BA (Oslo) PhD (St Andrews)
I studied English language for my undergraduate degree at the University of Oslo. An Erasmus exchange took me to the University of St Andrews and its medieval history programme. I returned to St Andrews for a master’s degree in medieval studies, and, after a few years of working as a translator, I returned again for a PhD in medieval legal history.
I work on medieval law. My research so far has focused on the laws issued in the Anglo-Saxon kingdoms between c. 600 and 1020, and in particular the relationship between the text of the laws and the process that produced them. For my PhD, I sought to clarify some of the circumstances of their production by looking at the texts’ linguistic conventions, prefaces, use of sources, manuscript transmission and more.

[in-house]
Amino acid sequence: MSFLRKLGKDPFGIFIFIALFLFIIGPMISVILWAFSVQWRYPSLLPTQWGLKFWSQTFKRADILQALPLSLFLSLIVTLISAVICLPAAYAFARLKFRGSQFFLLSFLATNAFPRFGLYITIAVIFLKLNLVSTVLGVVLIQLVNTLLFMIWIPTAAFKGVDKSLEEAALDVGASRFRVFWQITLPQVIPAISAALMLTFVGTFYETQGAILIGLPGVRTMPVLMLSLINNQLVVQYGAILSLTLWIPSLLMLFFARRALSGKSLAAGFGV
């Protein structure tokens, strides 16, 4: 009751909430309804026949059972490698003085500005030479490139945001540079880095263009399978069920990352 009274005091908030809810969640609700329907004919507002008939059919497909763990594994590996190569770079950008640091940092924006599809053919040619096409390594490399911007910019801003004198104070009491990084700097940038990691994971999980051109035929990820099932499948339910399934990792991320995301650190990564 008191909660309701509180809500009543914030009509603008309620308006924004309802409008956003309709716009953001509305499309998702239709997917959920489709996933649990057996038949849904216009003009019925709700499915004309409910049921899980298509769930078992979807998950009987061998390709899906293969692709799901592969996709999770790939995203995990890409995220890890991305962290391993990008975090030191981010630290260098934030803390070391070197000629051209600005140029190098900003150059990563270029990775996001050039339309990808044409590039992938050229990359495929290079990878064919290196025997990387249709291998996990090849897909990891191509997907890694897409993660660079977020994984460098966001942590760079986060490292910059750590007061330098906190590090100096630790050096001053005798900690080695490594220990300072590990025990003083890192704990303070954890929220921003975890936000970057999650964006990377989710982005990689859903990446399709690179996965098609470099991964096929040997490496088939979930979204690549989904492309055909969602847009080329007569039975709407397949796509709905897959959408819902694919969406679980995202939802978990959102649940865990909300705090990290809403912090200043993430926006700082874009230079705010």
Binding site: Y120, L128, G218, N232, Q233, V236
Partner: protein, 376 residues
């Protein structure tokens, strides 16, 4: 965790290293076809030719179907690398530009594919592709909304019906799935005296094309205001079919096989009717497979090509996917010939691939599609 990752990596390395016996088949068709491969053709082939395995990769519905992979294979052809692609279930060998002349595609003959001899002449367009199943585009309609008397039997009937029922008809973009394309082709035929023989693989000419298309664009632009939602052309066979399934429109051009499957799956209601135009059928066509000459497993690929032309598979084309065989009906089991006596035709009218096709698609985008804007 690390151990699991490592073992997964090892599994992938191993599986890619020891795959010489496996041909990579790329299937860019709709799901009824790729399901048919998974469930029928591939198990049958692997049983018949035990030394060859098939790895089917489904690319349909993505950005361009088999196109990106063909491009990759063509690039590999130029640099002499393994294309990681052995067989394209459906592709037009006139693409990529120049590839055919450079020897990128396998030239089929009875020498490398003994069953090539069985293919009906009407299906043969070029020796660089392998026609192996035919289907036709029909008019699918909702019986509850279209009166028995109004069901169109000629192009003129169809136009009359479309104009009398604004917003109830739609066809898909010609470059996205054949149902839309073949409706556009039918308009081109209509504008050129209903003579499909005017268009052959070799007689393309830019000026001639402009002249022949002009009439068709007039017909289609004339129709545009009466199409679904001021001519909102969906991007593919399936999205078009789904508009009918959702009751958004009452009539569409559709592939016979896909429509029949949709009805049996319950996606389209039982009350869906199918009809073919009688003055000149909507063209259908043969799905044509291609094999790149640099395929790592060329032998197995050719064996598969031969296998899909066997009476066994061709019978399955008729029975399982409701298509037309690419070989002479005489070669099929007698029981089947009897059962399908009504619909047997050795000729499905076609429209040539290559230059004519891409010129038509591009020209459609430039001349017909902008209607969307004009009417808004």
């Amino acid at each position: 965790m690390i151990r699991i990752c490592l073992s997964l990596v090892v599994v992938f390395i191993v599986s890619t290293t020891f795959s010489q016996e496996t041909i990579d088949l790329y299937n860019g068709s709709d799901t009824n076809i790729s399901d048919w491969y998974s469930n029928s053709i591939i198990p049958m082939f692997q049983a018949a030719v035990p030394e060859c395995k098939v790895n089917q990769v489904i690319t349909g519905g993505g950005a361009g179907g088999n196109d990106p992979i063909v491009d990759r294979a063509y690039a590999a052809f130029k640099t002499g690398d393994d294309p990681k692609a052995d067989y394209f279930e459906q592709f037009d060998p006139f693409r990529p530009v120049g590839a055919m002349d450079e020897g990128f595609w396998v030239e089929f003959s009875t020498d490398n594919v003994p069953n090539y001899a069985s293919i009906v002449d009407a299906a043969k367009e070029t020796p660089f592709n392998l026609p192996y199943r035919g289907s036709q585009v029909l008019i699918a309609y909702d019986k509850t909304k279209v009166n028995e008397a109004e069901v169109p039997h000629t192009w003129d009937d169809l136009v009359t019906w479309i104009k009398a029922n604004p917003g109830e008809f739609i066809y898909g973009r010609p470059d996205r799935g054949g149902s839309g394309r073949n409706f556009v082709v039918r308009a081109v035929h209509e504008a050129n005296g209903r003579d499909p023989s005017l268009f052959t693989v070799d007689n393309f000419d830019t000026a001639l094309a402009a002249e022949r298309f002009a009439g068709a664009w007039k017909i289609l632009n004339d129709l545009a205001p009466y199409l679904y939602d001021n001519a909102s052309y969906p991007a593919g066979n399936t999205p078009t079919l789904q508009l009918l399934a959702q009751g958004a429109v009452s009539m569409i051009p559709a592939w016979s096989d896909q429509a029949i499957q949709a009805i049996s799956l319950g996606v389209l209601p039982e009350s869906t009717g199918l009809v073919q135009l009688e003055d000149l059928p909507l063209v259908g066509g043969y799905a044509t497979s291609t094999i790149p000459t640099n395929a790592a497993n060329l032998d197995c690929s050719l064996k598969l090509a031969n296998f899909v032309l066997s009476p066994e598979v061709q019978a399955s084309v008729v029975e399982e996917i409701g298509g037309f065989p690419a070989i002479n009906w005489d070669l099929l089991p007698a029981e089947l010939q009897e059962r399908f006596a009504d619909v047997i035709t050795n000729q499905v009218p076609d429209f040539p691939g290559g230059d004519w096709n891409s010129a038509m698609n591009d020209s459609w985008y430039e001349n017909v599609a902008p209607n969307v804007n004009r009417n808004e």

My current research concerns the European context of Anglo-Saxon written law. To understand where the laws written in England in the early Middle Ages fit within the broader legal culture of western Europe at the time, I investigate instances of direct influence from other legal traditions, similarities and differences in legislative development and the transmission of legal texts to and from England. I am interested in the extent to which Anglo-Saxon laws were shaped in content and in form by legal knowledge gained from other places and traditions and the extent to which they were shaped by domestic traditions and developments.